The outcry for authenticity arises from an ingrained and cultivated skepticism propagated in an environment rife with advertising and marketing messages. People today are aware of the tactics utilized by persuaders from all fields. While consumers are still susceptible to this type of messaging, no matter how adamantly individuals may claim the contrary, people are overwhelmingly more skeptical today than in previous generations.
In the past, brands and companies spoke to consumers, now they speak with them—rather, the successful ones do. Collaborative and conversational interactions with consumers, especially in social media, are one way companies are showing the authentic face of their brand to customers, as well as bringing valuable and desirable content to social channels. As noted in our last blog, listening and communicating in an authentic manner goes a long way with consumers, and are fundamental to credibility with followers and consumers alike. These tactics not only build engagement, they effect reputation and can work to reduce skepticism.
“There are, then, these three means of effecting persuasion. The man who is to be in command of them must, it is clear, be able to reason logically, to understand human character and goodness in their various forms, and to understand the emotions …”
– Aristotle, The Art of Rhetoric
Marketing, like many other fields and maybe more than some, is about rhetoric. Before you groan and tune out, let me just define that term for you. Rhetoric, as per Aristotle (the father of rhetorical thought), defines rhetoric as the art of effective or persuasive speaking or writing—it is designed to have an impressive effect on its audience. Sadly, this term has become maligned and misunderstood in the modern age with its association with politics; now this art is regarded as lacking sincerity or meaningful content.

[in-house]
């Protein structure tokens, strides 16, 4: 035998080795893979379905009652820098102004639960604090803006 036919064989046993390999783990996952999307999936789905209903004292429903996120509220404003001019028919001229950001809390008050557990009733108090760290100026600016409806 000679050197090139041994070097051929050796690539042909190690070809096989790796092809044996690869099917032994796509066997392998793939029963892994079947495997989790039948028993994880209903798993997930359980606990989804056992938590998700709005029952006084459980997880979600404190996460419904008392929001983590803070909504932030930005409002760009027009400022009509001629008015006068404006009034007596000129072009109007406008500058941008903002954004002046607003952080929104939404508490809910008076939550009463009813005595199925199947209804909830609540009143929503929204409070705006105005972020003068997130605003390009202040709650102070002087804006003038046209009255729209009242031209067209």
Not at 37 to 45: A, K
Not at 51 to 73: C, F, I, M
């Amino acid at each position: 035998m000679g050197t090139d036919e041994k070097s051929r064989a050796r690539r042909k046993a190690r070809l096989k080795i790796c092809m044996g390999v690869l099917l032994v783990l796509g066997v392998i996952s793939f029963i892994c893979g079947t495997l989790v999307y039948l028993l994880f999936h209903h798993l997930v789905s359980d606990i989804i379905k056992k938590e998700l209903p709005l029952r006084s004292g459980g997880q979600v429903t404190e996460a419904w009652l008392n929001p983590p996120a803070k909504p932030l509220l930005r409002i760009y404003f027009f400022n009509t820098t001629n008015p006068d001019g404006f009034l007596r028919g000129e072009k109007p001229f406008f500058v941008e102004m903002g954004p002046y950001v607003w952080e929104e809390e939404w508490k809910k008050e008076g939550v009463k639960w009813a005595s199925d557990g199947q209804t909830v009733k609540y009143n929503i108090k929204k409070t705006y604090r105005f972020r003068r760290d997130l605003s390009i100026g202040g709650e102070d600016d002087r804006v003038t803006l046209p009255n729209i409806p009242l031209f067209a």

Despite that view, rhetoric is at the heart of all communicative acts, including advertising and marketing.
Rhetoric is as complicated as humanity itself. Aristotle classified it as an art. Like an artist, rhetoricians—writers, advertisers, speakers, marketers, indeed, everyone—possess numerous tools with which to craft their messages and communications, be they simple or complex. We also have a vast and diverse palatte. These devices are wielded to present a message meant to effect a change in thinking and/or behavior in a specific audience (i.e., convince them to choose one particular brand or company over another, use this service over that one, align with one side of a particular issue or outlook, etc.). They are also used to overcome audience resistance and skepticism.